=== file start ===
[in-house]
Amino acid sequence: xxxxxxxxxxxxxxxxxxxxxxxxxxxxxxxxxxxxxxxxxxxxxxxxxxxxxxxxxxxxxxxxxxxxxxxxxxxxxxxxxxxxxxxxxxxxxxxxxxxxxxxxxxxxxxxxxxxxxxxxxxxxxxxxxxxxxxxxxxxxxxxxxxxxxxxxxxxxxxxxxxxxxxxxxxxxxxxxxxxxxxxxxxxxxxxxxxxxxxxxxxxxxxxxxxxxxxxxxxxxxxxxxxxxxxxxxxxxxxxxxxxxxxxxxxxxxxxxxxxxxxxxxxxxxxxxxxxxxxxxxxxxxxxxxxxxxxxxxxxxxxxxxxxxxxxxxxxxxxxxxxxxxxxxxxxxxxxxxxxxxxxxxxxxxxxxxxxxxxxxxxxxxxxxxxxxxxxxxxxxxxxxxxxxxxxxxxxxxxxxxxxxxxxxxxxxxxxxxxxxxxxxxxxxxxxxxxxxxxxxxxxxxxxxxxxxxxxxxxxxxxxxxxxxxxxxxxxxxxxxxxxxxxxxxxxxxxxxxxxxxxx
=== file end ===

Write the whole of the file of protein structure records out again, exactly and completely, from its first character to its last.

[in-house]
Amino acid sequence: xxxxxxxxxxxxxxxxxxxxxxxxxxxxxxxxxxxxxxxxxxxxxxxxxxxxxxxxxxxxxxxxxxxxxxxxxxxxxxxxxxxxxxxxxxxxxxxxxxxxxxxxxxxxxxxxxxxxxxxxxxxxxxxxxxxxxxxxxxxxxxxxxxxxxxxxxxxxxxxxxxxxxxxxxxxxxxxxxxxxxxxxxxxxxxxxxxxxxxxxxxxxxxxxxxxxxxxxxxxxxxxxxxxxxxxxxxxxxxxxxxxxxxxxxxxxxxxxxxxxxxxxxxxxxxxxxxxxxxxxxxxxxxxxxxxxxxxxxxxxxxxxxxxxxxxxxxxxxxxxxxxxxxxxxxxxxxxxxxxxxxxxxxxxxxxxxxxxxxxxxxxxxxxxxxxxxxxxxxxxxxxxxxxxxxxxxxxxxxxxxxxxxxxxxxxxxxxxxxxxxxxxxxxxxxxxxxxxxxxxxxxxxxxxxxxxxxxxxxxxxxxxxxxxxxxxxxxxxxxxxxxxxxxxxxxxxxxxxxxxxxx